4. If he does not know for sure that his wife has lit on his behalf, then he is obligated to light wherever he is with a b'rachah. In the event that he arrives home without having lit elsewhere that night, he will be obligated to light at home with a b'rachah (even if he subsequently discovers that she did light), since presumably, that is what he had in mind to do.


5. According to some Poskim, where the Minhag is to light inside, a guest (even a married one), is obligated to light his own Menorah (without a b'rachah), because of Mar'is ha'Ayin. This is due to likelihood that not everyone knows that he is married or that his wife is lighting on his behalf, and will suspect him of not having lit. In such a case, it will not even help to pay a small amount to one's host for a portion in the oil (see 6.). And a guest who has his own room should certainly follow this opinion.


An Unmarried Guest

6. An unmarried guest who does not have anyone to light on his behalf, can if he wants, be yotze by giving his host a small coin for a share in his lights (or his host can transfer to him a small portion in the oil or in the candles). However, it is preferable that he lights separately (so that nobody suspects him of not lighting). This might not be necessary in the case of a Yeshivah-Bachur who eats permanently at his host's table.


7. In the event that the guest buys a share in his host's lights, the latter should add a little oil (over and above the minimum half-hour requirement) or use larger candles than he would normally do.


8. The Shulchan Aruch adds that if the guest has his own exit to the street, then he is obligated to light there anyway, because of Mar'is ha'Ayin. But nowadays he adds, when it is customary to light indoors, this is no longer applicable. It is unclear whether Mar'is ha'Ayin applies in Eretz Yisrael, even though, many light by the windows in full view of the street. The reason for this is because so many other Minhagim customs are practiced - some people light by the windows, some, by the front doors, others outside by the front entrance, and others again, still light inside in the dining-room (making it difficult to suspect anyone of not having lit).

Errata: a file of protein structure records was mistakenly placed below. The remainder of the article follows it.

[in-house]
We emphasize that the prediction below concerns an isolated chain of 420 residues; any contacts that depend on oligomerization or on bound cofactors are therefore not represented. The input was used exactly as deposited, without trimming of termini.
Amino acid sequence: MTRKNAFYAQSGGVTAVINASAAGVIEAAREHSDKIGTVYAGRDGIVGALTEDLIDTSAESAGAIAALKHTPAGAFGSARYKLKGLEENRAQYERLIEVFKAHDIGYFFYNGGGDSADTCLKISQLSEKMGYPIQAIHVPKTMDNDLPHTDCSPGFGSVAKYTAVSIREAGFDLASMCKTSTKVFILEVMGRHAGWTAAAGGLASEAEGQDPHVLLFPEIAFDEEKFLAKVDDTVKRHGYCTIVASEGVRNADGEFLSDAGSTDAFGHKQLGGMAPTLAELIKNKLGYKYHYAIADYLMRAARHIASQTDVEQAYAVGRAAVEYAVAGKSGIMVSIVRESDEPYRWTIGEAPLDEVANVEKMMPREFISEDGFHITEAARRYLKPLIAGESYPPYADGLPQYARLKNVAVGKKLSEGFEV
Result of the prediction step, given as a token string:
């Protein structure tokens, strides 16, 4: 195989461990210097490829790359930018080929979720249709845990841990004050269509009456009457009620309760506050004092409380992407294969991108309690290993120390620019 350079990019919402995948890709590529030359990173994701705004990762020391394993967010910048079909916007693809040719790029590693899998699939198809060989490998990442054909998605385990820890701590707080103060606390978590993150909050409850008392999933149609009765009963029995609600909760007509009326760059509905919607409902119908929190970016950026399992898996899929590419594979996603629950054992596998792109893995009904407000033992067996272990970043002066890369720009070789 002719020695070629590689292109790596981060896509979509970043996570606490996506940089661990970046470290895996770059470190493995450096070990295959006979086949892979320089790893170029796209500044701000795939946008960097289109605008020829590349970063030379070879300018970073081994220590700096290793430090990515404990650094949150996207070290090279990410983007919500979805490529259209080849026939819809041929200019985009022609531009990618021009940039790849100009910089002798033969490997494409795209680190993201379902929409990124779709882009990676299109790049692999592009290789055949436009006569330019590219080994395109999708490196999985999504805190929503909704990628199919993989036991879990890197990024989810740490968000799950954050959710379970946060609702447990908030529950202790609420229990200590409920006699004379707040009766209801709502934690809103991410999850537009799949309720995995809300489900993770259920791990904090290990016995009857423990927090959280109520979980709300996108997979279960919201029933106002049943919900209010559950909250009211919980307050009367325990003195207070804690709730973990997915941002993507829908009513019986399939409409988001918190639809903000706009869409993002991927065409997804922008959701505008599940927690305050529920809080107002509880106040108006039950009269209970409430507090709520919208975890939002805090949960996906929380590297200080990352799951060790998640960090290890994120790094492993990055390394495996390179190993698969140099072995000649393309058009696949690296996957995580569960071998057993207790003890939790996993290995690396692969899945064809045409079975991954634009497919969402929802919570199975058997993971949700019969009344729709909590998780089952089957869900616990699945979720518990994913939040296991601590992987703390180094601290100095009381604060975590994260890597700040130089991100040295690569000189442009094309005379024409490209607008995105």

A Casual Visitor

9. Someone who pays a casual visit to a friend who lives in the same town, is obligated to return home in time for lighting the Chanukah-lights. If however, he insists on remaining, he can ask his wife or another member of his family to light on his behalf.


10. This stringency does not however, apply to a person who travels with his family, to his parents or to his parents-in-law over Chanukah.


(adapted from the Ta'amei ha'Minhagim)

All in all, we kindle thirty-six lamps, says the B'nei Yisaschar, corresponding to the thirty-six hours that the original light of the Creation shone, before it was hidden.

It also corresponds he says, to the thirty-six Masechtos which contain the Gemara's explanation. But really, the two explanations are one and the same, for, as the commentaries explain, when G-d hid the original light, he hid it in the Torah.

The Greeks' main objective was to replace the Chochmah of the oral Torah with Hellenism, and the thirty-six lights reflect the victory of the Chashmona'im, because, as the Pasuk writes (albeit in connection with Purim) 'la'Yehudim Haysah Orah ... '!